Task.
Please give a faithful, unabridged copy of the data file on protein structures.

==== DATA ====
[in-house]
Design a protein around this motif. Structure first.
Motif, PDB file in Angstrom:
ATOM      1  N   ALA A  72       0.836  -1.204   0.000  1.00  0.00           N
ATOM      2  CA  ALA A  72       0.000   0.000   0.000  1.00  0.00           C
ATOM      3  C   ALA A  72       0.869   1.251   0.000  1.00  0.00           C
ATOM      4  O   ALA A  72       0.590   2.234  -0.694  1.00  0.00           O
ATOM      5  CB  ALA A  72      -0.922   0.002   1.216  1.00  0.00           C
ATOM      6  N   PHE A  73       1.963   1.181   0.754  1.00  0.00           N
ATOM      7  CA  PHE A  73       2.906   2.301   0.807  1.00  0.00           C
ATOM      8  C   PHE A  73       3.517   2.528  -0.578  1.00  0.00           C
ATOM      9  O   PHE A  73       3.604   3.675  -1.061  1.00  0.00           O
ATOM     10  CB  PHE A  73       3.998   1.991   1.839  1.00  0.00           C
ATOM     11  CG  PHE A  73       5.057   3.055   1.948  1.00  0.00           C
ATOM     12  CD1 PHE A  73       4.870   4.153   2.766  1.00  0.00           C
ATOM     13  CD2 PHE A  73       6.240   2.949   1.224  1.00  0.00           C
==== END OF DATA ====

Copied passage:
[in-house]
Design a protein around this motif. Structure first.
Motif, PDB file in Angstrom:
ATOM      1  N   ALA A  72       0.836  -1.204   0.000  1.00  0.00           N
ATOM      2  CA  ALA A  72       0.000   0.000   0.000  1.00  0.00           C
ATOM      3  C   ALA A  72       0.869   1.251   0.000  1.00  0.00           C
ATOM      4  O   ALA A  72       0.590   2.234  -0.694  1.00  0.00           O
ATOM      5  CB  ALA A  72      -0.922   0.002   1.216  1.00  0.00           C
ATOM      6  N   PHE A  73       1.963   1.181   0.754  1.00  0.00           N
ATOM      7  CA  PHE A  73       2.906   2.301   0.807  1.00  0.00           C
ATOM      8  C   PHE A  73       3.517   2.528  -0.578  1.00  0.00           C
ATOM      9  O   PHE A  73       3.604   3.675  -1.061  1.00  0.00           O
ATOM     10  CB  PHE A  73       3.998   1.991   1.839  1.00  0.00           C
ATOM     11  CG  PHE A  73       5.057   3.055   1.948  1.00  0.00           C
ATOM     12  CD1 PHE A  73       4.870   4.153   2.766  1.00  0.00           C
ATOM     13  CD2 PHE A  73       6.240   2.949   1.224  1.00  0.00           C